I Am Waiting (1957)

I Am Waiting (1957) is a violent love noir boxing and lonely youth alienation revenge seeker tale from the Japanese noir boom of the mid to late 1950s.

It is seeker and mood noir, with many a pose of a beautiful young man in peril and even more poses of the beautiful young suicidal chanteuse wanderer, who hang around the docks, most amazingly of all in the young hero's completely empty and almost abandoned bar restaurant.

This dive of a bar is only metres from the industrially smoky and noisy dock railway and likewise only metres from the water too, truly the most horrendous place to play any kind of trade.

This is where two broken young people converge and start to form a life, and where in best cinematic noir style, that love and that peace is broken by gangland ties. Further and amazingly, these ties tie the two young people tighter.


They have one in the same nemesis for the gang boys who hang around more popular yet more sleazy pick-up bars are the young woman's tormentors and they seem to have something to do with the disappearance of the young boy's missing brother.

Noir fuel and mood, staring to the side, gliding to the swish of the slow jazz, there is not even any martial art in I Am Waiting (1957) because every trope is repeated from the USA (CIA) down to the boxing noir disaster trope, and the bar room punch up trope, sidled out of the Western and into film noir, and thence in this case to Japan.


In a realm of Japanese cinema, there exists a narrative woven with the threads of noir, a tapestry of crime and passion, adorned with tropes and clichés spun to their utmost. Behold, a woeful beauty and a troubled hero entwined in a web of fate, their encounter fraught with complications born of circumstance. Interlopers, thugs of nefarious intent, intercede, while the shadows of the past cast their grim specter upon the present, lending depth to the tableau.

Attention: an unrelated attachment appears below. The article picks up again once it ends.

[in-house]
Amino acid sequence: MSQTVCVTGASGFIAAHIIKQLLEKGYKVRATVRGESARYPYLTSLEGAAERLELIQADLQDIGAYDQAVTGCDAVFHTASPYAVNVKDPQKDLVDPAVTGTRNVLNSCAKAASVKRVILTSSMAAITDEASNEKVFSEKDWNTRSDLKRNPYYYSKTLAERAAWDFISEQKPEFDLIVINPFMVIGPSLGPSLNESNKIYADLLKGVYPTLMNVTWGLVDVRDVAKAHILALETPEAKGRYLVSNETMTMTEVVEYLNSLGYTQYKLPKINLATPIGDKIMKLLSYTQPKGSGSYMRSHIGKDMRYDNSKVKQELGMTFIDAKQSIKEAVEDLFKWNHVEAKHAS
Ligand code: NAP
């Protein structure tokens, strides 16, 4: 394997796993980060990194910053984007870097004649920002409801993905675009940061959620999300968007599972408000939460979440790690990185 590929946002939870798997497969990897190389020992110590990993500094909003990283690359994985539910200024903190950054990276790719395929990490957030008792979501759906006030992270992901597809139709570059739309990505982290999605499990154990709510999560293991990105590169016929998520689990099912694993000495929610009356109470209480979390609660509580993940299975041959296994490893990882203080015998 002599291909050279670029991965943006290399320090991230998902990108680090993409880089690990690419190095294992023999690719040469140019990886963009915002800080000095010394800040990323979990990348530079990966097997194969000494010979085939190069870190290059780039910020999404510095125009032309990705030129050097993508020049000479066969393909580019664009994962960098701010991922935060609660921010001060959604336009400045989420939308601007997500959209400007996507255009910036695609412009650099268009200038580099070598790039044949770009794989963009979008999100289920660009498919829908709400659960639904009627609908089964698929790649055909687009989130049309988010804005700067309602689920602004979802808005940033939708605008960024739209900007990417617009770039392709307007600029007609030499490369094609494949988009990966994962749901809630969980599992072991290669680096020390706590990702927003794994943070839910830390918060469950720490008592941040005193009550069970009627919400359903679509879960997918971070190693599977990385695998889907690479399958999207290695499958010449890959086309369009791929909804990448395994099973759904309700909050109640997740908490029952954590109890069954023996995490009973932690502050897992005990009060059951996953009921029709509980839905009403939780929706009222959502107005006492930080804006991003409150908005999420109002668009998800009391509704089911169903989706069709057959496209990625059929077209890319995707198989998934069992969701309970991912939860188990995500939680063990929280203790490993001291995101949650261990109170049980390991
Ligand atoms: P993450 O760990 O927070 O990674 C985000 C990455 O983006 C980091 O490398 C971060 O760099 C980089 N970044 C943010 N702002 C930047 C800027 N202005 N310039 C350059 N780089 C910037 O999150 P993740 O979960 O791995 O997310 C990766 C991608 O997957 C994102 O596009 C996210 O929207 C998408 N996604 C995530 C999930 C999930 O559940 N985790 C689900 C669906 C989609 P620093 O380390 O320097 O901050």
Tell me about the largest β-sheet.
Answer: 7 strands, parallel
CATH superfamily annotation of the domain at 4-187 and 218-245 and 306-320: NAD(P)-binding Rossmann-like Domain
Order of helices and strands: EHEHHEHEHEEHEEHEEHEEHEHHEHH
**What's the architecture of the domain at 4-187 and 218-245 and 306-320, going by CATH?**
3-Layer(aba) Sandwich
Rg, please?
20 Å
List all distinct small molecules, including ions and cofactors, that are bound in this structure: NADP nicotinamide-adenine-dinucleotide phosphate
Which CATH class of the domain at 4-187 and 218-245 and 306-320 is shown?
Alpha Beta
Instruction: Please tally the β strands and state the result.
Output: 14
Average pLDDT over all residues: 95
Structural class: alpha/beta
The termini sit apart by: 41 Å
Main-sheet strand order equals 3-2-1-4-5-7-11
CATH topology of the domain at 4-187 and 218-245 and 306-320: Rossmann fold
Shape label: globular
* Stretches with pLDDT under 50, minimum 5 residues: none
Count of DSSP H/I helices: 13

And amidst this chiaroscuro, a cast of ancillary characters imbue the scene with hues of vibrancy and vitality.

The mastery of Kurataro Takamura's lens, illuminating the screen oh so noir, with a fine lady noir battle seen which does entertain with its brilliance, does much to bolster the production, though the script at times lays bare its intentions with a lack of subtlety that is all the more attractive in its fantasy, because fantasy makes noir.

The thespians, too, ply their craft with skill, perhaps even excellence, yet find themselves constrained by the archetypes they inhabit, leaving scant room for true evolution.

Yet, for all its virtues, this opus pales in comparison to the greats of American noir. The editing falters, the narrative teeters on the precipice of simplicity, and the delineation betwixt hero and villain rings too clear. 'Tis a flawed gem, to be sure, yet one may find solace in its imperfections, if forewarned.

Ah, but let us not forget the virtuoso Takamura, whose prowess bears repeating. The climactic melee, a symphony of violence, and the final tableau ere the credits roll, both stand as exemplars of the cinematic arts.